He breezed through grade school, skipping first and fourth grades, and finishing his coursework for fifth grade in half a year. But it was also around this time when, perhaps, the creeping influence of nurture began to have an impact or that nature was running its shorter-than-expected course. Entering middle school he was still the brightest kid in school, though the disparity between he and his peers had begun to narrow. Before, unbeknownst to his father, he had learned Spanish by furtively watching Spanish language television. The boy could seamlessly transition between English and Spanish; sometimes, to entertainment himself, he would play a game in which he would speak to himself alternating between English and Spanish passages, then English and Spanish sentences before finally constructing sentences by alternating English and Spanish words. By the time he reached sixteen years old, however, he could no longer play this mind sport. Moreover, even speaking Spanish had become difficult. Where once he had spoken the language fluently, it became a task in which each thought had to be translated carefully in his head before he could utter a word. This was true of his musicianship, too. His playing of Moonlight Sonata became amateurish. He’d stop at points, unsure of what to do next, and when he was certain what notes to play his fingers would clumsily brush the incorrect keys while traveling to their correct positions.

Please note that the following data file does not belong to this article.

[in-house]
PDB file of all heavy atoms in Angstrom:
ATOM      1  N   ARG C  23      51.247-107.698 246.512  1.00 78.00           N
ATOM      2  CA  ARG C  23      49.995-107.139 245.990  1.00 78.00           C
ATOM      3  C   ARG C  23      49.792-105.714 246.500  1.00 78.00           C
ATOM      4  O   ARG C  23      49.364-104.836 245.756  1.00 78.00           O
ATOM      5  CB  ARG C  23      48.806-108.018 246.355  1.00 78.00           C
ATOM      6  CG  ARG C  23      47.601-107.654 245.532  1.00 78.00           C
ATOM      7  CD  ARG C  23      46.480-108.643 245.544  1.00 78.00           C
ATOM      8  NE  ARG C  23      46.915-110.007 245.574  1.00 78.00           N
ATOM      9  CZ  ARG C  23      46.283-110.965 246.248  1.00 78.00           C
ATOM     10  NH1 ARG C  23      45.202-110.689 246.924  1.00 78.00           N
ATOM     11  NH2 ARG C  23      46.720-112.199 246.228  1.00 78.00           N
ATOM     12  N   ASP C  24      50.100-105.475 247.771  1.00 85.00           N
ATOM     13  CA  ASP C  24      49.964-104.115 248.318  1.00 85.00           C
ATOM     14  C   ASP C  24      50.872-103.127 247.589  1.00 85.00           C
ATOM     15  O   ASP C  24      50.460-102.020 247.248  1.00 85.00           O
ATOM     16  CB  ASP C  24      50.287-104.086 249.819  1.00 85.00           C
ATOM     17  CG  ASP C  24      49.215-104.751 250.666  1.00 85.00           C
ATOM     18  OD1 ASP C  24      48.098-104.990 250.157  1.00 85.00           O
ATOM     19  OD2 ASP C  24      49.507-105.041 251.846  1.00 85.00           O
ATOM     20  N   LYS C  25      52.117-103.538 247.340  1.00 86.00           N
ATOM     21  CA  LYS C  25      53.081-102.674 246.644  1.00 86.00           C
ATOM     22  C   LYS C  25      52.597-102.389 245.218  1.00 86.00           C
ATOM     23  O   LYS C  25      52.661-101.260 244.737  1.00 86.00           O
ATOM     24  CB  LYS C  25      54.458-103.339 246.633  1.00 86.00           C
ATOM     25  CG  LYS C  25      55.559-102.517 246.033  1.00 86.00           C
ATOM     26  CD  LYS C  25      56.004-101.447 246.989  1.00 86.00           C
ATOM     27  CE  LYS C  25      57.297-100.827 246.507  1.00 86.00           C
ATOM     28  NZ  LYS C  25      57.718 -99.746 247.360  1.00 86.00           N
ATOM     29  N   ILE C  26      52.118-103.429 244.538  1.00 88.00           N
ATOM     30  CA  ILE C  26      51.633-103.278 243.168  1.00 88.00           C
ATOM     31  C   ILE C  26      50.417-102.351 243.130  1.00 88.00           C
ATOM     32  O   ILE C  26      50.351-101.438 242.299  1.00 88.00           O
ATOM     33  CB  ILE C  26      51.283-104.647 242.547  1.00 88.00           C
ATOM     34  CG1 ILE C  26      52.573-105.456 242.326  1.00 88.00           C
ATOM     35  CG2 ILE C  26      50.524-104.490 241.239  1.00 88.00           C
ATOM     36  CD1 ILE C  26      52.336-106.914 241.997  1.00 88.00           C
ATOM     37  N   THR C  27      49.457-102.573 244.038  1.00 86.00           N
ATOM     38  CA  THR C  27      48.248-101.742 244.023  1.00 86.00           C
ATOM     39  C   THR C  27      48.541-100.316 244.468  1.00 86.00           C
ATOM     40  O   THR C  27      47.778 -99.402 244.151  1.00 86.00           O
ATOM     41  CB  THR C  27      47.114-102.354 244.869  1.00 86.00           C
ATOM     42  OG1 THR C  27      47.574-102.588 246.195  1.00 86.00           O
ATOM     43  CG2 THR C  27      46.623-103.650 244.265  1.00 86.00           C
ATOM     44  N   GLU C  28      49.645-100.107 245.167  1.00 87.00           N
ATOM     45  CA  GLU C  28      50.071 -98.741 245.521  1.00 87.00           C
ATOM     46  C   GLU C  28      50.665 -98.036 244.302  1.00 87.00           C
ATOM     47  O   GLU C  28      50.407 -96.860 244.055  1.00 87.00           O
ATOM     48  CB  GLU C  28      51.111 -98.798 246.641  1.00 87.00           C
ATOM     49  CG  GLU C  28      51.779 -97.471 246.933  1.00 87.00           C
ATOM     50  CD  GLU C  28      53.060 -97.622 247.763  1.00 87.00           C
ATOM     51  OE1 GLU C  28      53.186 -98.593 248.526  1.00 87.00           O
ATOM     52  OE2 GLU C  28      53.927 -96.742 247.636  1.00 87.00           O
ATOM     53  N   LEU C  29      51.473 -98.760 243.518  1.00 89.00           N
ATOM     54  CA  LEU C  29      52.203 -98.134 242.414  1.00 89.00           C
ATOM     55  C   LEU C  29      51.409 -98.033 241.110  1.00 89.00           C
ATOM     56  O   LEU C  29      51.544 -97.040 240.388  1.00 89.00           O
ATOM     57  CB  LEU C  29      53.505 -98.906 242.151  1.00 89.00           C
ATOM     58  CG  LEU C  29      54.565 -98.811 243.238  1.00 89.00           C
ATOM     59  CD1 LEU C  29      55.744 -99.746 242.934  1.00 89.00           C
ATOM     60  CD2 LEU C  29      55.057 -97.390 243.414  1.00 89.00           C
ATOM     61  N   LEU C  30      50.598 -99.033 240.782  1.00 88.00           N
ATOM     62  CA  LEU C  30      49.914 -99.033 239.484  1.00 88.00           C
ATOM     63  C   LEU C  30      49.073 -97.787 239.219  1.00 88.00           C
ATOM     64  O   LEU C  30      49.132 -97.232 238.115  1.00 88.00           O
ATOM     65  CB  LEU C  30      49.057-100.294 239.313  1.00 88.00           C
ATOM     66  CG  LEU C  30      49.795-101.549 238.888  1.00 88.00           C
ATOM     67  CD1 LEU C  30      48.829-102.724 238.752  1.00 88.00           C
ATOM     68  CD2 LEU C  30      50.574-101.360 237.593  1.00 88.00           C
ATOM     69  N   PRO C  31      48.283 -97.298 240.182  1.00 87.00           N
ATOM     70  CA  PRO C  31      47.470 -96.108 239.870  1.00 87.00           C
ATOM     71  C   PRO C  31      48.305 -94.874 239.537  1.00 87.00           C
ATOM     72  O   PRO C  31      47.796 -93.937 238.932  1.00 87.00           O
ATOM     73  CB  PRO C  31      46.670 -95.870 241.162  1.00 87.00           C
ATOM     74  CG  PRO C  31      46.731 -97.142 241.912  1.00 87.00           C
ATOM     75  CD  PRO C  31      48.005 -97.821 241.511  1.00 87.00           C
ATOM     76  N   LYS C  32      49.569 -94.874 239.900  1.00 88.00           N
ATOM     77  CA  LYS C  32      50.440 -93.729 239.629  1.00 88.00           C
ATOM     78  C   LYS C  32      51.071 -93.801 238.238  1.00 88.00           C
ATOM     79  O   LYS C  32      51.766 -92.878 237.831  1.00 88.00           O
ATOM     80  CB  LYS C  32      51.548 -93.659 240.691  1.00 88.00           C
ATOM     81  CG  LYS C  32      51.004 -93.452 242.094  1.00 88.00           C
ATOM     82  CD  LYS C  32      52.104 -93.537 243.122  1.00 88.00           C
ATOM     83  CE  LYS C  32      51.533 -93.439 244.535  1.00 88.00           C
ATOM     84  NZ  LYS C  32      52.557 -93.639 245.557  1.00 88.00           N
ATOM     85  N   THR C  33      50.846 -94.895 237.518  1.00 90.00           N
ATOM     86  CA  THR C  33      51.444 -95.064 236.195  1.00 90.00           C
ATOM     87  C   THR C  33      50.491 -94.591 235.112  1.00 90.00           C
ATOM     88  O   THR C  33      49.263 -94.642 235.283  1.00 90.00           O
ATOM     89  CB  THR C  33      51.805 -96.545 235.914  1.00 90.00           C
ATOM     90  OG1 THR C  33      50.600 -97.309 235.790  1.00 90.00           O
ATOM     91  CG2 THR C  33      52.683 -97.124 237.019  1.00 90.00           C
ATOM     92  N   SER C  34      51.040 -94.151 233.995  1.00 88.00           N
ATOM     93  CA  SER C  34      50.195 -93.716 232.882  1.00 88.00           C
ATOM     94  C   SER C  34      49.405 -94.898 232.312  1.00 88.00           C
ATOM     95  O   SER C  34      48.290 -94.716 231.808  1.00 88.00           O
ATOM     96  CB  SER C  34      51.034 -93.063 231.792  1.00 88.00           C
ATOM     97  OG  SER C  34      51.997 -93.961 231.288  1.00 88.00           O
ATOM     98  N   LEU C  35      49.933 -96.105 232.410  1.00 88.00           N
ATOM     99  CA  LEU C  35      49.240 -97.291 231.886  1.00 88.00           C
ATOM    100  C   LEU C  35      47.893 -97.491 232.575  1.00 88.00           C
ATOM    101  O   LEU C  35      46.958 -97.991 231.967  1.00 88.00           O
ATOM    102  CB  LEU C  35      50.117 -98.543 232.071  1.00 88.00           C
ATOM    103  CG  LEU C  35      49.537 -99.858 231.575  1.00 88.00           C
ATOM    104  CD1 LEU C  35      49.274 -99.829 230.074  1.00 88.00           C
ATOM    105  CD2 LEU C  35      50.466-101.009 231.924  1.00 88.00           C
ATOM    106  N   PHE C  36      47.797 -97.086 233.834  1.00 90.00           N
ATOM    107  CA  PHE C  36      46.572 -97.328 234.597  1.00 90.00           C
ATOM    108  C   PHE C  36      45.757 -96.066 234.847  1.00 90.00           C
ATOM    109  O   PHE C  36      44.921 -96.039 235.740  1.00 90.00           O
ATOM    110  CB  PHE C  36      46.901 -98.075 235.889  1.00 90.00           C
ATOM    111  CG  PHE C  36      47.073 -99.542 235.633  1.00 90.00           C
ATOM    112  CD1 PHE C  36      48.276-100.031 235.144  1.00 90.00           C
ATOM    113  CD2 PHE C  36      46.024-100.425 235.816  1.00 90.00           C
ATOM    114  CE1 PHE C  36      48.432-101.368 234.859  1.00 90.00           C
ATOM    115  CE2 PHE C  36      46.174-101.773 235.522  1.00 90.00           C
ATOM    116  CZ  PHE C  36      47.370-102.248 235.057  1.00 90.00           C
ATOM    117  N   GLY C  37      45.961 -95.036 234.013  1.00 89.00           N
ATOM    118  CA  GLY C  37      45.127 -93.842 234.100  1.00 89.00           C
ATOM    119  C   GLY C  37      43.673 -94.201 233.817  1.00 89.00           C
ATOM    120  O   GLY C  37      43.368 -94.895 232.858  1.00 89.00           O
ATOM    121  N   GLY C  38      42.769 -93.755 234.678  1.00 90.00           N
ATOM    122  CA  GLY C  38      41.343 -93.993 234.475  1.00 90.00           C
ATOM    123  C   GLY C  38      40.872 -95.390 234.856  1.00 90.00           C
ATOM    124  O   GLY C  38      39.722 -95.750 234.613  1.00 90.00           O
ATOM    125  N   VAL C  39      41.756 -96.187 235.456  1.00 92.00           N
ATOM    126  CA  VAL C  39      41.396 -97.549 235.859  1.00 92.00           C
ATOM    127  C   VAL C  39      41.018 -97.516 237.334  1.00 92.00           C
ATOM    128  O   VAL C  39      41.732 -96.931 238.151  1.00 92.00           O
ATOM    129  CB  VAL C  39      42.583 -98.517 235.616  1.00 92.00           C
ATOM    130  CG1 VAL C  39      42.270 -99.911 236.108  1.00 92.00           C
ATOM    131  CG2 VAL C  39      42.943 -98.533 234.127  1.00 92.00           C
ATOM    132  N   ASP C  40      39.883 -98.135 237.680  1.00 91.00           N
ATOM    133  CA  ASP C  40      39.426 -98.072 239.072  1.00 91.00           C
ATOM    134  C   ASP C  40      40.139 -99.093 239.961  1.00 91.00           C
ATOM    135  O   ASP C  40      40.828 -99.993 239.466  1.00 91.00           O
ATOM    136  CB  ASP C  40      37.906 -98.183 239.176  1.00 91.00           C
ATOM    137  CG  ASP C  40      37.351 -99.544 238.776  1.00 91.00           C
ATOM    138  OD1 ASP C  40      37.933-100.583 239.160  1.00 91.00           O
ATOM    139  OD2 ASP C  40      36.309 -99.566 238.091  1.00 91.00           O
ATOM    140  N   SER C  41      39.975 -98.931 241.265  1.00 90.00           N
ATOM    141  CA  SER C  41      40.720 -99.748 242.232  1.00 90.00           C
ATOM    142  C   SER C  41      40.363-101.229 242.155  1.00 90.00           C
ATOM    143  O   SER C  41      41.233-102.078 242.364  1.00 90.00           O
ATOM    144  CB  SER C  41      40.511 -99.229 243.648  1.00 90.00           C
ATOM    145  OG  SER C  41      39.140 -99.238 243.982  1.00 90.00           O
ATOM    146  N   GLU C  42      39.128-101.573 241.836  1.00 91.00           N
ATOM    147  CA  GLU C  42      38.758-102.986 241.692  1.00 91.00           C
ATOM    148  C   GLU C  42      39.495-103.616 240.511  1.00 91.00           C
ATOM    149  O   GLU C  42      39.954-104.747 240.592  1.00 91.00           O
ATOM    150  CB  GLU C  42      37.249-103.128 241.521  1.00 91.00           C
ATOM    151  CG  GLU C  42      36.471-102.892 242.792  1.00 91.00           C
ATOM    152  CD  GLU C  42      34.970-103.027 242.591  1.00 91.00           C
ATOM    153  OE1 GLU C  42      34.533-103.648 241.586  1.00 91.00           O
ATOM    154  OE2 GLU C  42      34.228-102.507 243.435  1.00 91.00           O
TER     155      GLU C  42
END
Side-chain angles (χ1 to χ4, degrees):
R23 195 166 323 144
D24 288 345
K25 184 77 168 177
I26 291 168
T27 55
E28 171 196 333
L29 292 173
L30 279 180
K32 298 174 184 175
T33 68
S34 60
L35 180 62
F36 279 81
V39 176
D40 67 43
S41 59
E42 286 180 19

By high school the boy’s peers had come even closer to matching his wits, not because they were becoming smarter, but because young Richard B. was becoming dumber. Even the erudition of his speech lessened and more and more began to resemble that of his coevals. His parents were unperturbed by this fact, however. They simply concluded that his decline towards normalcy was out of their hands, that nature had ordained it to be that way. “It would be wonderful to have a son who is a genius,” their thinking went, “We did have a genius son, but we love him regardless of how smart he is.” Of course, Richard B. could not accept this fact as casually as his parents. To the witness, Richard B.’s tale was simply peculiar, to the sufferer, tragic. So began the temper tantrums, the paroxysms of self-pity, declarations that everything was his parents’ fault, or his, that he’d kill himself before he became an imbecile, that he could once more be brilliant if he worked hard enough, or that all was lost no matter how much he tried. During these “fits,” as his mother called them, he would stamp his feet or jump up and down, his chest heaving, and eventually, whimpering, he’d collapse, pounding one of his fist on the floor.